Monday, October 10, 2011
Friday art walk.
Last friday I had a much needed art day with a good friend visiting from San Francisco. Our first stop was for sustenance, aka a big fat breakfast. We shared the blueberry pancakes and farmers eggs with roasted tomatoes at Clinton Street Bakery. The sun-filled restaurant was a wonderful way to start the day. And yeah, those pancakes were pretty damn good. Light and fluffy, not dense, covered and filled with blueberries. I almost couldn't stop myself from finishing them. Their baked goods looked amazing, worth a trip back I'm sure.
Filled up and happy we walked over to FIT to see the Daphne Guinness show. Selected for her status as a both a muse and a fashion icon, FIT displayed her clothes in a museum setting, arranging her collection into several thematic ranges: dandyism, armor, chic, exoticism, and sparkly. The show didn't wow me like the Alexander McQueen show at the Met, but it certainly was nice to wander around and get close to the clothes without throngs of other people jostling me for position. One nice element was that you could walk all the way around the mannequins, so you could see the backs of the dresses, albeit through a scrim. I always hope for more content from a museum exhibition: when was the dress purchased, what did it cost, where did Guinness wear it, etc. In the end, I walked away having pretend shopped through her wardrobe but not really getting much sense for who Guinness is and why she selects and wears what she does. Anyway, the show is free and definitely worth an hour of your time.
From there we headed to Chelsea to see two more shows: Richard Serra at Gagosian and Do Ho Suh at Lehmann Maupin. I can't really say much about Richard Serra that you don't already know. His art takes over a room, it could take over a field. I like looking at his sculptures, I like sneaking my hand to brush the metal when I walk past it. I like the color, the warm and glowing rusty orange, glowing like fire but cool to the touch. In this show you can walk in and around, out and about, a series of arcs that have inner walkways that you can lose yourself in. I stumbled on an art student (probably) sitting on the floor and sketching with charcoal. I wouldn't have minded a little picnic down there between the metal sheets.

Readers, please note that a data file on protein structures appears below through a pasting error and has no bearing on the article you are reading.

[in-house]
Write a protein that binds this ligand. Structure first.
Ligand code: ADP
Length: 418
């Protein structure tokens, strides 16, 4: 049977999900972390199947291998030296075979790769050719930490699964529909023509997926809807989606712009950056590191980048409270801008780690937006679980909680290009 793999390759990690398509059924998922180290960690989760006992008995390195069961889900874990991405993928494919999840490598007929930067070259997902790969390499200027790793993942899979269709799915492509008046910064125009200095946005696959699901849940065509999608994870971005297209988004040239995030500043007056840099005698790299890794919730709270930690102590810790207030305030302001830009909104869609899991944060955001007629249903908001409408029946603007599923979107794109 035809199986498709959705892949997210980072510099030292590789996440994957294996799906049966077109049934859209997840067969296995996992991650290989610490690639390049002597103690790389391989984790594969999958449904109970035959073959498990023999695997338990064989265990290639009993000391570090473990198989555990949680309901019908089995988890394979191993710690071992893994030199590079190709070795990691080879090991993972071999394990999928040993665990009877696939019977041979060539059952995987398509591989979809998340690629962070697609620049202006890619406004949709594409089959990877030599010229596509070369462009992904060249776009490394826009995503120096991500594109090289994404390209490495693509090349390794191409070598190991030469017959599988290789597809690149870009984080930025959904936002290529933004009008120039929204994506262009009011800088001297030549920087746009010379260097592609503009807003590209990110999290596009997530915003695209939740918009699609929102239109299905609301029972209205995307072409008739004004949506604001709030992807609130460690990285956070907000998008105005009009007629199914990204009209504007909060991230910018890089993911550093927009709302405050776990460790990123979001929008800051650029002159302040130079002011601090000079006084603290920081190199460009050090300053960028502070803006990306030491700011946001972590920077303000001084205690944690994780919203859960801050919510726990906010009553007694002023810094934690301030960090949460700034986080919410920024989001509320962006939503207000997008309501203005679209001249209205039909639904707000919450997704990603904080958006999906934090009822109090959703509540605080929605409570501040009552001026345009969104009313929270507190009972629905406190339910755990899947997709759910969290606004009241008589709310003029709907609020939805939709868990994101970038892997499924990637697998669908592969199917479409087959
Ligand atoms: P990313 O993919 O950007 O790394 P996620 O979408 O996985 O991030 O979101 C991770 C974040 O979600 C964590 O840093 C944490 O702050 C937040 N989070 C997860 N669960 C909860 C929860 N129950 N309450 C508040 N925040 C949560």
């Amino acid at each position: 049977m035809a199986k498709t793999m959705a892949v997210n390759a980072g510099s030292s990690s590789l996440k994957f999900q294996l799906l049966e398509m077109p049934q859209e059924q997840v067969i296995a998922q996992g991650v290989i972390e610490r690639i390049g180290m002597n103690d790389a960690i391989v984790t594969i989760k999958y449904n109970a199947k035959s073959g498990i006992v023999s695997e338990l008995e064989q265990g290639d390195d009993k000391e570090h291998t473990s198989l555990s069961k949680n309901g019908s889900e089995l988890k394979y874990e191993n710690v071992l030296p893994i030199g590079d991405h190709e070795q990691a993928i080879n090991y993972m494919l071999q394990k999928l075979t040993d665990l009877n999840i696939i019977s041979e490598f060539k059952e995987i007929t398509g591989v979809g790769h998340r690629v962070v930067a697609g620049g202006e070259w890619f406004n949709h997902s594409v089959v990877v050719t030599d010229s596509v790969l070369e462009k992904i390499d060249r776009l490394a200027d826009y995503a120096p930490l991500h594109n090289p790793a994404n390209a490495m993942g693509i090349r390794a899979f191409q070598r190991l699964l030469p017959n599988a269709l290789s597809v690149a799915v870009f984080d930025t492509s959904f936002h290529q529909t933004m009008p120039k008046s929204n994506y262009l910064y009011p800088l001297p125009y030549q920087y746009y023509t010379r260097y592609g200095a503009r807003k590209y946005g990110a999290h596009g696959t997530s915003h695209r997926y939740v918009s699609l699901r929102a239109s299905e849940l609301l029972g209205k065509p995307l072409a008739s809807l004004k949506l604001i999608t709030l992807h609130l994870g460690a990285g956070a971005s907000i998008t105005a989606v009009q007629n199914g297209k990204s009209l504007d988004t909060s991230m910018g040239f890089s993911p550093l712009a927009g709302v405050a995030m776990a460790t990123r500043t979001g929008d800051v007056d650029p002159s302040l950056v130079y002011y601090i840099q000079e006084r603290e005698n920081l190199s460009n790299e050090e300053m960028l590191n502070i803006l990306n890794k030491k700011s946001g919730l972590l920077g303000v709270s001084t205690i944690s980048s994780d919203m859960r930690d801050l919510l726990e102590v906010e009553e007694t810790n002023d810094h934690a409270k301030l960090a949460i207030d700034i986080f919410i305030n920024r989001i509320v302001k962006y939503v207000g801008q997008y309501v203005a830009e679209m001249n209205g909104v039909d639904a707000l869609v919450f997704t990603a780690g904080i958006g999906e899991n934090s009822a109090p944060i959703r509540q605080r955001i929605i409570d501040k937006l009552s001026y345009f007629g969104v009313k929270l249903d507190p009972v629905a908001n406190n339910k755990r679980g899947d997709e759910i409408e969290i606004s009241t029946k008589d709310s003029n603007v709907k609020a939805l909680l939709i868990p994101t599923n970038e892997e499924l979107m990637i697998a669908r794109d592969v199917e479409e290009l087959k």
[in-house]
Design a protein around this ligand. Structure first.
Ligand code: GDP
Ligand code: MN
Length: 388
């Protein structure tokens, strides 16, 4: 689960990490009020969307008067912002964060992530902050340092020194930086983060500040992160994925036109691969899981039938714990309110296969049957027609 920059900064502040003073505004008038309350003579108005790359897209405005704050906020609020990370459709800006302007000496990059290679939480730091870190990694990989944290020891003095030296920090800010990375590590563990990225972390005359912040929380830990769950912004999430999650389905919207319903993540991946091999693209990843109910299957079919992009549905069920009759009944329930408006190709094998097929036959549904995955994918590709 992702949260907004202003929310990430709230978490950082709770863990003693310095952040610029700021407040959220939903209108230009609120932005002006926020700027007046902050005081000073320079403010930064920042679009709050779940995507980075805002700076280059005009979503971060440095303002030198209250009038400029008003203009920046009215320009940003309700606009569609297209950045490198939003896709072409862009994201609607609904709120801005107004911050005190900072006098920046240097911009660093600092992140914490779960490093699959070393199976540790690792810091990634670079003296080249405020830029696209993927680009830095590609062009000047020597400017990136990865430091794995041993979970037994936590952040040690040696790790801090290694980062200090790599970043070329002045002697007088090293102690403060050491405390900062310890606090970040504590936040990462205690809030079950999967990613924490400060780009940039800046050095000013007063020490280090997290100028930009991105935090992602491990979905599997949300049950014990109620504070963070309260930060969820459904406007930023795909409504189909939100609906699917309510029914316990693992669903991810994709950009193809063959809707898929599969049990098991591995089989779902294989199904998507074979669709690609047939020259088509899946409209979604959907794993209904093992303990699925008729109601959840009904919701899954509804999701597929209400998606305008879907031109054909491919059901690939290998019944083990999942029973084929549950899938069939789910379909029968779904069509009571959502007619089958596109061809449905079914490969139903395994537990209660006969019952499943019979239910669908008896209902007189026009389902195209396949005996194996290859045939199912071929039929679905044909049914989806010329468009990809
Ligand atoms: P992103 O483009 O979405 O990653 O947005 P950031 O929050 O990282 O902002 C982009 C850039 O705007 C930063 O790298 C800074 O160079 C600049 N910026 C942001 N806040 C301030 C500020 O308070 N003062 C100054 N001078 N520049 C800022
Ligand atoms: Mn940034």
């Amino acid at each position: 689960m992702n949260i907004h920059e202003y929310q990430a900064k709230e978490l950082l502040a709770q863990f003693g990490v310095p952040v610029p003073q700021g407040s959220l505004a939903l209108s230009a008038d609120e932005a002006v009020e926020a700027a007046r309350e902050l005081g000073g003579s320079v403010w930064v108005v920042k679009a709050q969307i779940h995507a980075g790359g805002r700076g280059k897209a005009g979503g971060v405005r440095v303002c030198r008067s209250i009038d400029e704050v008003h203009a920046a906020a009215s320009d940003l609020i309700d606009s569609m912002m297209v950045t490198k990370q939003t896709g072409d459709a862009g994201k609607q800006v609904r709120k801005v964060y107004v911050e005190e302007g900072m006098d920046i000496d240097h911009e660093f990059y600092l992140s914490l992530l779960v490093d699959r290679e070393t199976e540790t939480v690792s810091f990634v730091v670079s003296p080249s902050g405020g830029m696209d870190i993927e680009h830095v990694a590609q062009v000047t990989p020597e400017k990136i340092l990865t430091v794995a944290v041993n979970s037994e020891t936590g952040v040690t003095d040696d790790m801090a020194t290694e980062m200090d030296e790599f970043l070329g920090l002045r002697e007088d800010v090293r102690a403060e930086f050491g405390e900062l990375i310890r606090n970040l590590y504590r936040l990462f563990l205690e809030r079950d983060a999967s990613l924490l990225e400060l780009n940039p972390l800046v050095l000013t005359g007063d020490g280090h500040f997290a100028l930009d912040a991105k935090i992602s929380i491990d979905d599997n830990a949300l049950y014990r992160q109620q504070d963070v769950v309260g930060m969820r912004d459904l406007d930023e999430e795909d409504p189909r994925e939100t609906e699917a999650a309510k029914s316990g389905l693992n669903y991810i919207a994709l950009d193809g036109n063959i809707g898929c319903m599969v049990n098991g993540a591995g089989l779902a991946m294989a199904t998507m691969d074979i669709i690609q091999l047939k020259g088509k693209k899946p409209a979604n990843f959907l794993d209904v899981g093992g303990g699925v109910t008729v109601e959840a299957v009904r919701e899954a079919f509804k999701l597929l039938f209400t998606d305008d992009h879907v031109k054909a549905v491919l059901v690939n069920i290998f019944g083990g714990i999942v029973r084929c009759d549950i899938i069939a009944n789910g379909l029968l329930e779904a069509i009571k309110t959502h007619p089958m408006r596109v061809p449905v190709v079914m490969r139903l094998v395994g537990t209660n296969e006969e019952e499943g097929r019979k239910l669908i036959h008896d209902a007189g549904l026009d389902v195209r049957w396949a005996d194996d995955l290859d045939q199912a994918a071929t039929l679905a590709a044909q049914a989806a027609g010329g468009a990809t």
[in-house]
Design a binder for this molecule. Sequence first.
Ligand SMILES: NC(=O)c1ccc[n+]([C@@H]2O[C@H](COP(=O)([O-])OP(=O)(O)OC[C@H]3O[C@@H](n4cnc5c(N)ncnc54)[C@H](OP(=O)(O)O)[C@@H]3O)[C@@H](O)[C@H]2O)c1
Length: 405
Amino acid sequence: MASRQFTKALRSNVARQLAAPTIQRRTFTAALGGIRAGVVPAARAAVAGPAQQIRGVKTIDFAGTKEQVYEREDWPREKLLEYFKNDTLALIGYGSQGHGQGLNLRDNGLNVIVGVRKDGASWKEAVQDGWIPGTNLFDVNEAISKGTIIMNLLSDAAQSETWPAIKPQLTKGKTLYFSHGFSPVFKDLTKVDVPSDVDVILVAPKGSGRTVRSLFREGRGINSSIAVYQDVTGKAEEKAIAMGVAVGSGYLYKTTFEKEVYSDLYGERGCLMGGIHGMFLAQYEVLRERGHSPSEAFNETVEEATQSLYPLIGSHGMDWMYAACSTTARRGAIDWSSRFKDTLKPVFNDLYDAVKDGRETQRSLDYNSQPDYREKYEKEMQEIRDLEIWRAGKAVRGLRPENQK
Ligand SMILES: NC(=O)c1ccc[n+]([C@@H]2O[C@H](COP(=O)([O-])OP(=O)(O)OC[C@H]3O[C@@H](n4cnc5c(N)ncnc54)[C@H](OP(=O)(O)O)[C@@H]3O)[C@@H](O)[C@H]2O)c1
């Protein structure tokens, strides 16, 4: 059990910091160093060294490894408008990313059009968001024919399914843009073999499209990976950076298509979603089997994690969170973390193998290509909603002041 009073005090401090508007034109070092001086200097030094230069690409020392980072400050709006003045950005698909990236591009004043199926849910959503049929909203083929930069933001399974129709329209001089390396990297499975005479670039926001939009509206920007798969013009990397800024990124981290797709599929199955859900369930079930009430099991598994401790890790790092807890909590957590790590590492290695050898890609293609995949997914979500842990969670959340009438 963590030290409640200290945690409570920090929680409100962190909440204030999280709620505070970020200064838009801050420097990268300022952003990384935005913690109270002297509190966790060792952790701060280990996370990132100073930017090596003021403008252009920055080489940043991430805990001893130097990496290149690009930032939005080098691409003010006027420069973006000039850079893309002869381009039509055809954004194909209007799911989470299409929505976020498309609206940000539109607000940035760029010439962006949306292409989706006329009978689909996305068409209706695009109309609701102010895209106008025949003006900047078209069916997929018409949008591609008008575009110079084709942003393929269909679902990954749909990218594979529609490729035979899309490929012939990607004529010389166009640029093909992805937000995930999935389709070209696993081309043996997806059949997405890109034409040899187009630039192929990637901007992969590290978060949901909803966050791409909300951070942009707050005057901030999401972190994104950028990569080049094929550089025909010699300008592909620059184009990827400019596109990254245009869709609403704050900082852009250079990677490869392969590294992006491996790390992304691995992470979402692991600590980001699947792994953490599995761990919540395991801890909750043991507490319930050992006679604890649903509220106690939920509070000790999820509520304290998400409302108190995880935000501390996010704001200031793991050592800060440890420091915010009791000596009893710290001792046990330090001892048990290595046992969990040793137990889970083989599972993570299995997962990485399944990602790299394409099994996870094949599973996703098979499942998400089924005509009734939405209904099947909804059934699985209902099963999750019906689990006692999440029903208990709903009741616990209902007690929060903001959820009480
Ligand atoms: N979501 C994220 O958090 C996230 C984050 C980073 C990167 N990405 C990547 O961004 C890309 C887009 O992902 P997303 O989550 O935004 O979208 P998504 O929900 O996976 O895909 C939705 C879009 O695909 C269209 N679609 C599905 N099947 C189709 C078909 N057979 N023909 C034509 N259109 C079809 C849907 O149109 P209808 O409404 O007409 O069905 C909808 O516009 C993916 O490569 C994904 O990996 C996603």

From Gagosian we headed over to see an exhibit of Korean sculptor, Do Ho Suh, at Lehmann Maupin Gallery. His work is about home and identity, a confusing state for a Korean living in Providence. One piece, Home Within Home, shows his house from Korea dropped in by a parachute and rammed into his home in Providence. Both homes have been replicated in exacting detail. They aren't miniatures, maybe one step up from that, mediumtures. The refrigerator is sliced on the diagonal and shown, split open, with half of everything. Half a lettuce, half a bottle of wine, half a turkey.
Also on display is another version of Home Within Home, this time made from translucent resin. The two homes have been merged together, formed and then split into four quadrants (as shown in the picture above). My favorite show of the three, it's closing on October 22nd, blink and it will be gone.